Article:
Anyways, for now my conclusion is: always use H.265 and buy a actively cooled MacBook Pro next time :thinking:

If you’ve been around long enough, read enough, you can predict how things will go.

I predict no-one will catch up to Waytools.

Use the past to predict the future (since there is no better predictor).

Waytools is the team from NextEngine.

At least as far back as 2002, they made the world’s best 3D scanner. Museums use it. Hollywood studios with their multimillion dollar budgets use it (and rumor has it, they dropped in on NextEngine personally to thank them for what a game-changer it is).

It’s been darn near 20 years! It remains, strangely, completely unchanged!!! And yet, it is still the best!

How is it that a 3D scanner, in a hyper-competitive market, where “all the rage is 3D” these past years, and a product that shipped 20 years ago, not only is relevant, but market leading?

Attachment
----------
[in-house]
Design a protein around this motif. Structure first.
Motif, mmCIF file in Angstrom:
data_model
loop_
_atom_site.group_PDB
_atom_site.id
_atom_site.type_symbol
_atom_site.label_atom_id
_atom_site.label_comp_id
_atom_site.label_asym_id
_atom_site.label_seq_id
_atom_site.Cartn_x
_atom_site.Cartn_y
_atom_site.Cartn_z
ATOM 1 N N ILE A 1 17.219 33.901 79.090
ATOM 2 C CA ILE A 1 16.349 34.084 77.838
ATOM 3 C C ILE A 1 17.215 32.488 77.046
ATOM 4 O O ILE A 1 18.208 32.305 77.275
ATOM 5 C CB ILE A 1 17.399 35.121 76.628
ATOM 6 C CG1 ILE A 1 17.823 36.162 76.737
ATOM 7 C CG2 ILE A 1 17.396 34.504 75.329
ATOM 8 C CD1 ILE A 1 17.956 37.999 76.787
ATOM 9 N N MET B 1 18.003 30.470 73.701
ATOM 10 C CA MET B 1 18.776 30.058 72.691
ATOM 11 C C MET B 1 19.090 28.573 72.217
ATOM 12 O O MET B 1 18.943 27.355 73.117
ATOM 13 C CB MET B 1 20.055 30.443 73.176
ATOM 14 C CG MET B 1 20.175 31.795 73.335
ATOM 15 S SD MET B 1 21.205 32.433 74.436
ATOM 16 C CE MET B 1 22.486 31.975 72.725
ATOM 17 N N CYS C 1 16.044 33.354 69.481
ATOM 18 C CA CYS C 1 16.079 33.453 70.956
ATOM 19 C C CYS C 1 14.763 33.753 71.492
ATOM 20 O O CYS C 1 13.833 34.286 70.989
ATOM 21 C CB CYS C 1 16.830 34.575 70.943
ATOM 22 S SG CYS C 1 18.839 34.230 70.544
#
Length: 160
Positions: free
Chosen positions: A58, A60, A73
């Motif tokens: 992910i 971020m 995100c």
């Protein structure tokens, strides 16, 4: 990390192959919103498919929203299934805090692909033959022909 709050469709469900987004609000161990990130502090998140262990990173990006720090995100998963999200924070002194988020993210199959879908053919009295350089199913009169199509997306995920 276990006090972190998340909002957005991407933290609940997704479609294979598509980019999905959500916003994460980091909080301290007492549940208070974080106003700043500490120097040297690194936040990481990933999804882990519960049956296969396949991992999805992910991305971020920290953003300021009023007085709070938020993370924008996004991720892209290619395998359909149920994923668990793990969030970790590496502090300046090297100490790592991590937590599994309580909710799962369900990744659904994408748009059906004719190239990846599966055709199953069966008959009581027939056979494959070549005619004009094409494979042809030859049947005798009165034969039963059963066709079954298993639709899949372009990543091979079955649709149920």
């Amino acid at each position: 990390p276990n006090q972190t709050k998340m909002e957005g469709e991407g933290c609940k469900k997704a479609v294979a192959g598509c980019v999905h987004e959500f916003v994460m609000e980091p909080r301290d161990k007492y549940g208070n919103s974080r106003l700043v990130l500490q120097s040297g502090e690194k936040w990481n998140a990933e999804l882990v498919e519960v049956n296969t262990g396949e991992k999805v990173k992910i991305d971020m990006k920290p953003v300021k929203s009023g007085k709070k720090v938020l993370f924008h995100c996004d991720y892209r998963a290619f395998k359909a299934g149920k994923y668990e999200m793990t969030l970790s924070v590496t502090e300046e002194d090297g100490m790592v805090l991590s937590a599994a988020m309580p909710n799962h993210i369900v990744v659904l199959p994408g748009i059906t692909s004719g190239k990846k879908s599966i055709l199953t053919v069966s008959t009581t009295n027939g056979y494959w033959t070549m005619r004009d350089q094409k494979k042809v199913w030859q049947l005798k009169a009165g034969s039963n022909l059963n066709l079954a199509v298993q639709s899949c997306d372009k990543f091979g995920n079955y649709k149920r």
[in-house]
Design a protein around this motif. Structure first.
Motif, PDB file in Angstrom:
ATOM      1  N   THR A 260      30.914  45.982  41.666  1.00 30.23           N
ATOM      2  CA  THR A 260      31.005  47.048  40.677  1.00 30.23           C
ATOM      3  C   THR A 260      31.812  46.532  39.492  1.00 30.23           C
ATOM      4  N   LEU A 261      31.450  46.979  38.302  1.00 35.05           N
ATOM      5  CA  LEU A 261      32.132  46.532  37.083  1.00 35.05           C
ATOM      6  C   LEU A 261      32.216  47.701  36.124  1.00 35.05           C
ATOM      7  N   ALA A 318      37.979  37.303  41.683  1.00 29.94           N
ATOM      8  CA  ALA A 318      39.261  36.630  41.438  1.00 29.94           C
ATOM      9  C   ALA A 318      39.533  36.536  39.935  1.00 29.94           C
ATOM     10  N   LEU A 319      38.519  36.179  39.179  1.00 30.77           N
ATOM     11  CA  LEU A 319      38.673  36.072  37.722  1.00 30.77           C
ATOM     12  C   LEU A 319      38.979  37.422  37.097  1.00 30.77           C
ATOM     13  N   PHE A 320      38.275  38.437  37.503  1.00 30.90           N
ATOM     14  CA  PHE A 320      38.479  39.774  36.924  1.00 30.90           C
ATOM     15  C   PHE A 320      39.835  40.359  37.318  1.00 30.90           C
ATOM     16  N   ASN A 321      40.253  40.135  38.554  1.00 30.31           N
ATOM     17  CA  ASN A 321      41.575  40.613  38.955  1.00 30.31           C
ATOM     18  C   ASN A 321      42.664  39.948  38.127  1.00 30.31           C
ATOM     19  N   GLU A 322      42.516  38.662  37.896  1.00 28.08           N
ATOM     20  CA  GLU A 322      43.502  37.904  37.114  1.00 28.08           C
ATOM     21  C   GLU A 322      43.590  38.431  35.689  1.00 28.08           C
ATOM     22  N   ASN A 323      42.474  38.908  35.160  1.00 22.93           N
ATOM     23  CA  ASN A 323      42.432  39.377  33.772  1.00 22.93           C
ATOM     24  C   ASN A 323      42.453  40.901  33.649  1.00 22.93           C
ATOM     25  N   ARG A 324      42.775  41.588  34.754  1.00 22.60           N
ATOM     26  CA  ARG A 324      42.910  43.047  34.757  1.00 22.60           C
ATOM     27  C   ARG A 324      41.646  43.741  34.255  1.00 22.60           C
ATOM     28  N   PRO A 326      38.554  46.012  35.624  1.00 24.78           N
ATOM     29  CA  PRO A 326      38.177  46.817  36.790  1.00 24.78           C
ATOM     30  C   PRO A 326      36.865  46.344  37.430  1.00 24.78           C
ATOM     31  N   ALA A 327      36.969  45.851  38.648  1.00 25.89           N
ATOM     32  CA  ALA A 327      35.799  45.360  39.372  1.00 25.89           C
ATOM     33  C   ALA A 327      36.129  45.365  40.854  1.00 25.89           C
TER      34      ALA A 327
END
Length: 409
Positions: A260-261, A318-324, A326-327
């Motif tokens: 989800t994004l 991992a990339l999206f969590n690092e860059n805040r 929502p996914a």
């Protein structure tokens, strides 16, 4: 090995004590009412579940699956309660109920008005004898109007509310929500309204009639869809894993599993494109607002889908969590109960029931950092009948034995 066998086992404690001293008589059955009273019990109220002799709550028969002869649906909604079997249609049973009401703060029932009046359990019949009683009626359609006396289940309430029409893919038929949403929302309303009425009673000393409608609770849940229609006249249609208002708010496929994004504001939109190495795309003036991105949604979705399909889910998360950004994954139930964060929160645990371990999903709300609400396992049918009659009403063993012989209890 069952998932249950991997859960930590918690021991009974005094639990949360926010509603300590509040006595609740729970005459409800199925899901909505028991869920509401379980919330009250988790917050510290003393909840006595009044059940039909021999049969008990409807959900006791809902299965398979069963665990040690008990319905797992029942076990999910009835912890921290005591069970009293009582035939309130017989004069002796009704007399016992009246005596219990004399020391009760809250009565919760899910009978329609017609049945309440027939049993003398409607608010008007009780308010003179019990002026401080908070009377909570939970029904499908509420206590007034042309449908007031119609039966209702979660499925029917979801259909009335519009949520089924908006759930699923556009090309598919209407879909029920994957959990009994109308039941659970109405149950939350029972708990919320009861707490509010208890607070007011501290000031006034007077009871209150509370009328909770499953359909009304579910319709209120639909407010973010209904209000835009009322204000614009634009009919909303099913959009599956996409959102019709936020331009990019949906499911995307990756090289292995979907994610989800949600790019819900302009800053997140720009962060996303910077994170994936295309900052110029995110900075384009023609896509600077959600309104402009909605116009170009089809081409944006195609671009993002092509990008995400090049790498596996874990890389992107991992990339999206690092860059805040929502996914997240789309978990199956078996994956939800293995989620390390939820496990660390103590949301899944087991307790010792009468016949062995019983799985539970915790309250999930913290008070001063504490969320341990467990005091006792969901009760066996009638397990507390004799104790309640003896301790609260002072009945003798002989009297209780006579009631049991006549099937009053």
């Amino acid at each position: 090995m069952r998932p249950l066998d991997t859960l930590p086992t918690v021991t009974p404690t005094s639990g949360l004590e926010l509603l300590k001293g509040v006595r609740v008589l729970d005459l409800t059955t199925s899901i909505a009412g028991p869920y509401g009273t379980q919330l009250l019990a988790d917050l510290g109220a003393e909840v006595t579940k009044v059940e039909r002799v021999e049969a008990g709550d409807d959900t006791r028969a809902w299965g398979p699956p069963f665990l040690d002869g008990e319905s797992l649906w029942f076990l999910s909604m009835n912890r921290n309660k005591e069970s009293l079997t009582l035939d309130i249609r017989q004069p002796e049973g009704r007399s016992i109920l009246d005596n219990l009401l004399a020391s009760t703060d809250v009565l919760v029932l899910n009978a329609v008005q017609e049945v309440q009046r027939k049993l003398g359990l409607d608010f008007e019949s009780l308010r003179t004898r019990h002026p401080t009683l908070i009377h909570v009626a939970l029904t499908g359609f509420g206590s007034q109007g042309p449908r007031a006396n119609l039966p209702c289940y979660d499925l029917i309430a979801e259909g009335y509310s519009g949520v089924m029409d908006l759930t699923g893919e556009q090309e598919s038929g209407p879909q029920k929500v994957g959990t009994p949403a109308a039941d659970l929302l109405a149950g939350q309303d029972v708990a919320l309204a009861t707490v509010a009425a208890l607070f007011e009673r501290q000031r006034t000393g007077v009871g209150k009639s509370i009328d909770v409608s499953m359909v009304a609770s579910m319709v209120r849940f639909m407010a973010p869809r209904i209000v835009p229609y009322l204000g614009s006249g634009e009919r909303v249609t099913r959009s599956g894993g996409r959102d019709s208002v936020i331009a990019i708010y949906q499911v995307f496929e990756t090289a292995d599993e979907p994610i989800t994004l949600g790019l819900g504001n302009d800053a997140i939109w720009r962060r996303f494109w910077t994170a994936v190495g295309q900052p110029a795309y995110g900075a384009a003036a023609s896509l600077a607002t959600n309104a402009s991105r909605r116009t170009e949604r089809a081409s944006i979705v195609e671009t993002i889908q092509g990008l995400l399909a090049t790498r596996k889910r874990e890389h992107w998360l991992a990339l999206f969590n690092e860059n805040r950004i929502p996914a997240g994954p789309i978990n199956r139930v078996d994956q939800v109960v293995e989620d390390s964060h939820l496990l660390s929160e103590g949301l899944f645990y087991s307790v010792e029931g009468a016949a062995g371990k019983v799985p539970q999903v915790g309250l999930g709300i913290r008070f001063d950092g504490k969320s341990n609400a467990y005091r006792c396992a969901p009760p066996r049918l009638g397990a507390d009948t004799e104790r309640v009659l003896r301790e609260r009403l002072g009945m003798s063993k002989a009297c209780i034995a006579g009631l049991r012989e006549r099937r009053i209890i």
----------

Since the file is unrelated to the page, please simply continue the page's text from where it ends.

It is quite simple: if you are willing to do the work that no-one else is willing to do, aimed at producing results as good as physically possible, and, if you survive this crazy world that punishes innovators, then you will lead.

TextBlade is that good. It has Apple crapping themselves, lying their asses off in court, filing BS patents. But Apple, like any company that will fail, suffers greatly from “Not invented here” syndrome.

Other companies that were formerly great, but are imploding? Intel.
Who else will implode? Google and Facebook. Neither respect your privacy. Both are greedy and purely motivated by profit. There are genocides that could have stopped if they put on the brakes, but “polarization drives engagement, engagement = profit!”

Edit: 20 years later, unchanged, and still the best. Jay Leno’s Garage - NextEngine’s 3D Scanner.

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Not applicable to me. I just brought up a question and appreciate all answers.

I even hoped for an answer of @waytools because they are so silent and we are all so curious about an update.

I know we all want to hear from @waytools. I do not speak for them, but I get the sense of…

When I say the world punishes innovators, that includes the behaviour I see in the forums here.